Journal of ISSN: 2378-3184JAMB

Aquaculture & Marine Biology
Short Communication
Volume 4 Issue 3 - 2016
Experimental Tuna Farming in the Sultanate of Oman
Adel N Z Gindy*
Department of Marine Science and Fisheries, A’Sharqiyah University, Oman
Received:July 23, 2015 | Published: May 10, 2016
*Corresponding author: Adel N Z Gindy, Head of Department of Marine Science and Fisheries, A’Sharqiyah University, Ibra, Sultanate of Oman, Oman, Email:
Citation: Gindy ANZ (2016) Experimental Tuna Farming in the Sultanate of Oman. J Aquac Mar Biol 4(3): 00082. DOI: 10.15406/jamb.2016.04.00082

Abstract

Tuna are among a very large group of large and medium-oceanic fish and they are an important food source globally. They are also unusual fish because they are warm blooded fish and they need large amounts of oxygen. The fluctuations in tuna catch and price has led to focus on the farming of tuna in large floating cages in many countries, like South Australia, Turkey, Croatia, Mexico, Panama and other countries mainly for the Japanese market. In the Mediterranean they farm blue fin tuna, yellow fin tuna and big-eye are farmed in Mexico and the yellow fin tuna have been farmed on a pilot scale in the Sultanate of Oman by cage Culture Company.

To farm tuna several stages have to be practiced, starting from preparation of cages, fishing, transferring of the live fish to the towing cages and to the farming site, feeding, harvesting, processing, packaging and exportation.

In Oman, two types of cages were used in this process, towing cages and fattening cages, and with nets of 30meters depth, fixed on cages of 48meters diameter. Fishing was practiced using Purse-Seineships in areas around 50-70 kilometers away from the farming sites, nets were kept open to avoid killing of fish, which transferred under water to the towing cages then to the fattening cages. The speed of ship didn’t exceed 4 nots/hour through the whole journey.

Tuna arrives to the farming site in a state of stress and seize eating for up to 3 weeks even if an attempt is made to feed them. After this period, tuna start feeding greedily large quantities of food with high oils content such as Sardine. When caught fish weight ranges from 25-40 KG, and there is no need to gain more weight but to increase the percentage of fat. In the Sultanate we used sardines, as the Omani sardine is characterized by high oil content. Feeding was distributed manually to the cage until the tuna stop eating. The fish lose about 20% of its weight during transportation and fasting stage, then compensate the loss and increase the percentage of oil in the flesh. Generally the universal calculated food conversion ratio is 1-20 as the fresh fish used in feeding has high proportion of water.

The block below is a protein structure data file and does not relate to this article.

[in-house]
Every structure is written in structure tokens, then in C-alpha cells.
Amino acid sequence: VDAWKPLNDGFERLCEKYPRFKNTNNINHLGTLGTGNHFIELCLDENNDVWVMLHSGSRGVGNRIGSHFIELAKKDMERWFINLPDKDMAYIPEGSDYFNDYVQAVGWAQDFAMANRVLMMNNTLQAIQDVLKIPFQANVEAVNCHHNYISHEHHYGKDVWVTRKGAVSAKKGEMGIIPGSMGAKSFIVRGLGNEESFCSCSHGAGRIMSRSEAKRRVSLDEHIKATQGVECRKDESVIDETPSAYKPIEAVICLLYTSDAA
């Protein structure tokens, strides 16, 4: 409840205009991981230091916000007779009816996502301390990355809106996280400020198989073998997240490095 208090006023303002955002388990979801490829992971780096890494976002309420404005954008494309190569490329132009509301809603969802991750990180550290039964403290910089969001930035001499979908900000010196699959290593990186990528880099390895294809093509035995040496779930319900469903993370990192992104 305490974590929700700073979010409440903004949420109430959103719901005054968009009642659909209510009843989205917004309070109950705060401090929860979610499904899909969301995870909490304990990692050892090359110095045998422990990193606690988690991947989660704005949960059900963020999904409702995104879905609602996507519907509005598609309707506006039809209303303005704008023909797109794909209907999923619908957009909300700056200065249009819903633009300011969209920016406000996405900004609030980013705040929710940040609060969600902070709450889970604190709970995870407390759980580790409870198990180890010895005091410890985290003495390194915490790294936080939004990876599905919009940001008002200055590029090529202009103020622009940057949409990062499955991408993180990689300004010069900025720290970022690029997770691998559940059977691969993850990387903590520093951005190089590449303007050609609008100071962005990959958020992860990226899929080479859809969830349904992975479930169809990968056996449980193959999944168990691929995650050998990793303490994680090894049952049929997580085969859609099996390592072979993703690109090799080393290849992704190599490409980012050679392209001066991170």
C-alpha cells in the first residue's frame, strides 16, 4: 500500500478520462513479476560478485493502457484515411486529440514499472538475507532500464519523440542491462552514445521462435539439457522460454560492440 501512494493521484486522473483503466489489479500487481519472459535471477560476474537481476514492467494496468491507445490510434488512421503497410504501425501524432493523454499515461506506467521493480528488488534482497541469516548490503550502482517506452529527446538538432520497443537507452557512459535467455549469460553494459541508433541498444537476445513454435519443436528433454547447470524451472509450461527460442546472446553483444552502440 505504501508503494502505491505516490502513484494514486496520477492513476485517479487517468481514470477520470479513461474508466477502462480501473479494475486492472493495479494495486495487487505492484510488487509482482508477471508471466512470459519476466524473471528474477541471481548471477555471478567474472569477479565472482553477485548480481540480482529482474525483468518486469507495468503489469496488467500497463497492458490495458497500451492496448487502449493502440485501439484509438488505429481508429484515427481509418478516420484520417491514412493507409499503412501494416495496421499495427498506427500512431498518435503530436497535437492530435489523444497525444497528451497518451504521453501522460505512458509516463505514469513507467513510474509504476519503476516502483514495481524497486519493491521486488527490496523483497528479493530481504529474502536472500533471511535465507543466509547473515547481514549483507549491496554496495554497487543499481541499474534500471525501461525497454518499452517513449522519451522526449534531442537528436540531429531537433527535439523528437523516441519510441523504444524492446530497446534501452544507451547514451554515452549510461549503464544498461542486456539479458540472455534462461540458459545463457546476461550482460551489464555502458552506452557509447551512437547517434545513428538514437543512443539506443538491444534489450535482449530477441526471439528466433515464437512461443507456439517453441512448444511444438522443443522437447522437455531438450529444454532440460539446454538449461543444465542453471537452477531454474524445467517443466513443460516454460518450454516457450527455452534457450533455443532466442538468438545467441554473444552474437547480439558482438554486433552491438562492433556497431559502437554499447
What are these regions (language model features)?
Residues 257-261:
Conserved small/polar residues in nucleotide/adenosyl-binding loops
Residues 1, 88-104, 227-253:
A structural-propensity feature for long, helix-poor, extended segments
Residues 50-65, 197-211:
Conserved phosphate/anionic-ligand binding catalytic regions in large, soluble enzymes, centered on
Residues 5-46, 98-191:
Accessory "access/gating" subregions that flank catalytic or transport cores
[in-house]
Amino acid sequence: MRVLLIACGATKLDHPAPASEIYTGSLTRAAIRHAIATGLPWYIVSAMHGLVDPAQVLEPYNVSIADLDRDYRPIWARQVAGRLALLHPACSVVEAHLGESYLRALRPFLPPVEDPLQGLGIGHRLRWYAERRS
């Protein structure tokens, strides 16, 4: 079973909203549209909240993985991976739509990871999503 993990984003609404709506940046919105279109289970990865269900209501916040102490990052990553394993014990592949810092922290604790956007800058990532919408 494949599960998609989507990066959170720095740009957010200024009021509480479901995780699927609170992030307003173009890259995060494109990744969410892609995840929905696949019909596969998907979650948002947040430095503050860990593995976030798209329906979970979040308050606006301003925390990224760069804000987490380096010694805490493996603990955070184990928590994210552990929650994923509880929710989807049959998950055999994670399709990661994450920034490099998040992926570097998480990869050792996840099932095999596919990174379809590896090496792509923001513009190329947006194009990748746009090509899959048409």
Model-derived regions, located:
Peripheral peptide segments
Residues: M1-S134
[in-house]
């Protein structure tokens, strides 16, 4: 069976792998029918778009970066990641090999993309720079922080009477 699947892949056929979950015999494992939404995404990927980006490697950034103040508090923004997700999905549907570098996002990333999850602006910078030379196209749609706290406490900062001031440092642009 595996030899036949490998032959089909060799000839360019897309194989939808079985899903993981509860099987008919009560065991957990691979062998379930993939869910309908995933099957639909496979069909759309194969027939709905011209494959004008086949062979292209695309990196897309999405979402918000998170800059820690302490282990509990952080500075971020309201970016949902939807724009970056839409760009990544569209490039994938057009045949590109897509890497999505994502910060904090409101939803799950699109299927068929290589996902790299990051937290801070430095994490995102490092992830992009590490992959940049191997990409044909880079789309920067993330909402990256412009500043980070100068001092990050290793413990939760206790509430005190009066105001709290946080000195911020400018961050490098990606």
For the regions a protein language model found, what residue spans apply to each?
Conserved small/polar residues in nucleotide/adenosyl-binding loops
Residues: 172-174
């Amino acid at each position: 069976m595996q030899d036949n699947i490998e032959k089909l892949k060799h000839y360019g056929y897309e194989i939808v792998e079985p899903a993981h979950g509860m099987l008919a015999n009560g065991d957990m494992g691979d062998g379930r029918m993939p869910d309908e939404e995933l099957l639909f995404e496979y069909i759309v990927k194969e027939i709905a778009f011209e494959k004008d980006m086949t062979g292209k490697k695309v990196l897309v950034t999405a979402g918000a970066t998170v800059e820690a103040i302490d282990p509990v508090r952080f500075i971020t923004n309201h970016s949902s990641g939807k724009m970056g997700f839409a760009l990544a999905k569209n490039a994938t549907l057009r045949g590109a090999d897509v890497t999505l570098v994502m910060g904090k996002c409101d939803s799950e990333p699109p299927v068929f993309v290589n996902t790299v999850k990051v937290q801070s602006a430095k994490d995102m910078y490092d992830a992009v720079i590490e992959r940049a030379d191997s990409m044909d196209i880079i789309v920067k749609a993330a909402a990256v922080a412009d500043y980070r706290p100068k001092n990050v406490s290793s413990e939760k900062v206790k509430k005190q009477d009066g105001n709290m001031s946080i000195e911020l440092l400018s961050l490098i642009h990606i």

Harvesting process is a delicate process and should be organized well and requires accuracy and speed at work, relies on the use special collection net to collects almost the required number and detain it in the cage. Professional divers have to dive and swim with a hold of fish. The caught tuna then lifted from the waterslide on the smooth floating portion to reduce friction with the fish’s body. Followed by quick killing of fish by putting steel nail in the brains of the fish to reduce stress and avoid burning of the meat. The second step is the insert of steel wire in the spinal cord after cutting the head using an electrics a win order to ensure the full death of the fish. Fish are then placed in ice water to ensure cooling of the meat and quality; the last stage is to transfer the fish to the factory for processing and exportation. Normally harvesting should not take more than 2-3 minutes to keep the meet to the highest quality or Shesimi grade for the Japanese market.

Dealing with farmed tuna inside the processing plant should be in a way that maintains fish quality and maintain me at temperature internally and externally and determine the quality of meat in terms of the percentage of the fats in fish flesh.

Introduction

Tuna is among a very large group of large and medium-oceanic fish and they are an important food source globally. They are also unusual fish because they are warm blooded and need large amounts of oxygen. The fluctuations in tuna catch and price has led to focus on the farming of tunain large floating cages in many countries, like Australia, Turkey, Croatia, Mexico, Panama and other countries; mainly for the Japanese market. In the Mediterranean, farmed tuna include: Northern blue fin tuna [Thunnusthynnus] and the yellow fin tuna [Thunnusal barcares], while big-eye tuna [Thunnus obesus] are farmed in Mexico. The yellow fin tuna has been farmed on a pilot scale in the Sultanate of Oman by Cage Culture Company. Tuna farming locations are shown in Figure 1.